Since Boeing launched its twinjet widebody 777 long-range airliner with United Airlines in 1995, it has produced several variants of the iconic type. On a basic level, production of the aircraft has seen the 777-200, 777-300, and 777F variants launched into commercial service. Airlines will also have next-generation 777X at their disposal in the next few years.
However, each of these variants also has its own subsections. While the 777X refers to the 777-8 and 777-9 designs, the -200 covers the standard, LR, and ER variants. There is also an ER variant of the 777-300. But where exactly can one find contrasts between the 777-200 and its LR counterpart?
777-200 vs 777-200LR
The main thing that sets the 777-200LR apart from its standard classmate is, as its name suggests, its exceptional long-range capabilities. It entered service with Pakistan International Airlines in 2006, with Boeing nicknaming it the ‘Worldliner.’ The American manufacturer developed it alongside the longer Boeing 777-300ER (Extended Range).
Its range is boosted by aspects such as three auxiliary fuel tanks in the rear cargo hold, and raked wingtips that increase fuel efficiency. While the length (63.7m) of the -200LR is the same as the standard variant, there are several other structural differences. According to Modern Airliners, these are as follows:
- Wingspan – 64.8m (compared to 60.9m on the original)
- Wing area – 436.8 square meters (compared to 427.8 square meters on the original)
- Tail height – 18.6m (compared to 18.5m on the original)
- Maximum takeoff weight – 347,500kg (compared to 247,200kg on the original)
- Fuel capacity – 181,283 Ltrs/47,890 US Gal (compared to 117,348 Ltrs/31,000 US Gal on the original)
The result is a significant improvement in range over the original model. The 777-200 has an already impressive range of 9,700km / 5,240 NM. However, the -200LR exceeds this by over 60%, coming in at an astounding 15,843km / 8,555NM. But who exactly operates these two variants, and how many have been produced?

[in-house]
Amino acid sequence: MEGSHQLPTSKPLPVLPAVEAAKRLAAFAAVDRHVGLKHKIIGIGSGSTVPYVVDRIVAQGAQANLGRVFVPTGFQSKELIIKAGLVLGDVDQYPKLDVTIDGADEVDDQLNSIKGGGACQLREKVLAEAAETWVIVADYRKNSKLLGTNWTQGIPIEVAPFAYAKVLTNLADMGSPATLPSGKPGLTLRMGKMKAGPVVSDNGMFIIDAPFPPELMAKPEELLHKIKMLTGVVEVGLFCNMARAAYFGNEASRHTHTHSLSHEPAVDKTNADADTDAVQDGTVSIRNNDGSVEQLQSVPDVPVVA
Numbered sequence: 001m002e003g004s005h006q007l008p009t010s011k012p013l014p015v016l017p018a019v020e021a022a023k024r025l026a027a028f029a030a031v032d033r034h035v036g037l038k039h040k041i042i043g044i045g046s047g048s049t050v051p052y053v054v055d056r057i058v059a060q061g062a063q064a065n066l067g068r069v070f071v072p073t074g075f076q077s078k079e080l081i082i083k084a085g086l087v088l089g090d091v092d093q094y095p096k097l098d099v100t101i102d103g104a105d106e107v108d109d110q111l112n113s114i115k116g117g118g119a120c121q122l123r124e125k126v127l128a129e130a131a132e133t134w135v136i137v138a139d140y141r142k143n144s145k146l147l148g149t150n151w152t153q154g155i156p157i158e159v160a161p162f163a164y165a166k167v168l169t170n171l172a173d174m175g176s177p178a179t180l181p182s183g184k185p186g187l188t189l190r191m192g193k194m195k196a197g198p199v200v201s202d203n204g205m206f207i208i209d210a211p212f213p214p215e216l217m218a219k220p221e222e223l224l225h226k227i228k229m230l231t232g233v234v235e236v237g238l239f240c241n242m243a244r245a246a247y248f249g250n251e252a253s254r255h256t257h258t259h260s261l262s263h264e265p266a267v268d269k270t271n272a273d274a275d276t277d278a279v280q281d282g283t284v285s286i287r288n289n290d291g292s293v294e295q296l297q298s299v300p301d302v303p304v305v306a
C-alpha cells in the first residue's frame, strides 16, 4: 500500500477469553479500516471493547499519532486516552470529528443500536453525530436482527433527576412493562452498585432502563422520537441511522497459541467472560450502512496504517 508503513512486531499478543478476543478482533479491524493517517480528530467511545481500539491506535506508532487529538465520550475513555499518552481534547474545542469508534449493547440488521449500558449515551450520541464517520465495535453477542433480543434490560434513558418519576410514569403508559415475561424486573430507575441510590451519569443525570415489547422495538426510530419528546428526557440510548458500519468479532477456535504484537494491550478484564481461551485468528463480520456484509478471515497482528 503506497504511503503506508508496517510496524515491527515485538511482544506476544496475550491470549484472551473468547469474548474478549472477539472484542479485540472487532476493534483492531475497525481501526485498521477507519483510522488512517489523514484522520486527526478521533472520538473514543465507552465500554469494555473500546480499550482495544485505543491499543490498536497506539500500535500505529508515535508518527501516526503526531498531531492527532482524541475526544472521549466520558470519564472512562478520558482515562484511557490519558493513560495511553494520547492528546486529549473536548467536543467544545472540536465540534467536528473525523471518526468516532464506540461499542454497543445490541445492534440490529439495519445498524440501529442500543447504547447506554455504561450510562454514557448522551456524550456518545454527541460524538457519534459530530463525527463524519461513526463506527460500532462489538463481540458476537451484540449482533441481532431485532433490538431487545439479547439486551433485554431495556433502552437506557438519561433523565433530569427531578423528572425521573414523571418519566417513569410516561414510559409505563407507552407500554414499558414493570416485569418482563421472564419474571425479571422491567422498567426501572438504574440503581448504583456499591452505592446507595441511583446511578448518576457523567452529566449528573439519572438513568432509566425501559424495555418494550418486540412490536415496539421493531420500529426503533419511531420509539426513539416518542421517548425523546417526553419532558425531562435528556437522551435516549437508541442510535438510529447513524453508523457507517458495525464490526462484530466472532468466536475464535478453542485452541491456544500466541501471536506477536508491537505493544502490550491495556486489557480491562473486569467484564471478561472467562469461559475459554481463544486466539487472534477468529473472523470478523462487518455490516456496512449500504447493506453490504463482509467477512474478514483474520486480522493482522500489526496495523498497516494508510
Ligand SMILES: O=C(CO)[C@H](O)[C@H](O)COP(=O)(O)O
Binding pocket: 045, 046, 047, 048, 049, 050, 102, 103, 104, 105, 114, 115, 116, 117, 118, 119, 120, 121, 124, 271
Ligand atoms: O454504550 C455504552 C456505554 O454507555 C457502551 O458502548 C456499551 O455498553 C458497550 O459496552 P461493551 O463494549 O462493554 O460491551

Orders and operators
In terms of order and delivery numbers, neither the standard 777-200 nor the LR version are the most popular version of this particular 777 variant. The 777-200ER far surpasses both types, with 422 deliveries, compared to 88 for the standard -200 and 60 (+1 outstanding) for the -200LR. As of October 2020, all 777-200 variants accounted for just over a quarter of the 2,012 orders for the entire 777 program. The present operators of the standard 777-200 are as follows:
- All Nippon Airways
- Japan Airlines
- United Airlines
The 777-200LR is currently more widely operated. The long-range version’s primary users are as follows:
- Air Canada
- Air India
- Azerbaijan Airlines
- Ethiopian Airlines
- Iraqi Airways
- Pakistan International Airlines
- Qatar Airways
- Turkmenistan Airlines
The future of the Boeing 777
In both cases, it is worth considering that many airlines have grounded significant portions of their fleets this year. This has largely been due to the drop in passenger demand caused by the ongoing coronavirus crisis. British Airways even retired its final original Boeing 777-200 earlier this year, although this had been planned before the pandemic.
Although variants of the 777-200 are slowly becoming a rarer sight, this needn’t worry fans of the iconic Boeing twinjet. With over 300 777X aircraft already on order, it is a design that, in one way or another, we will continue to enjoy for years to come.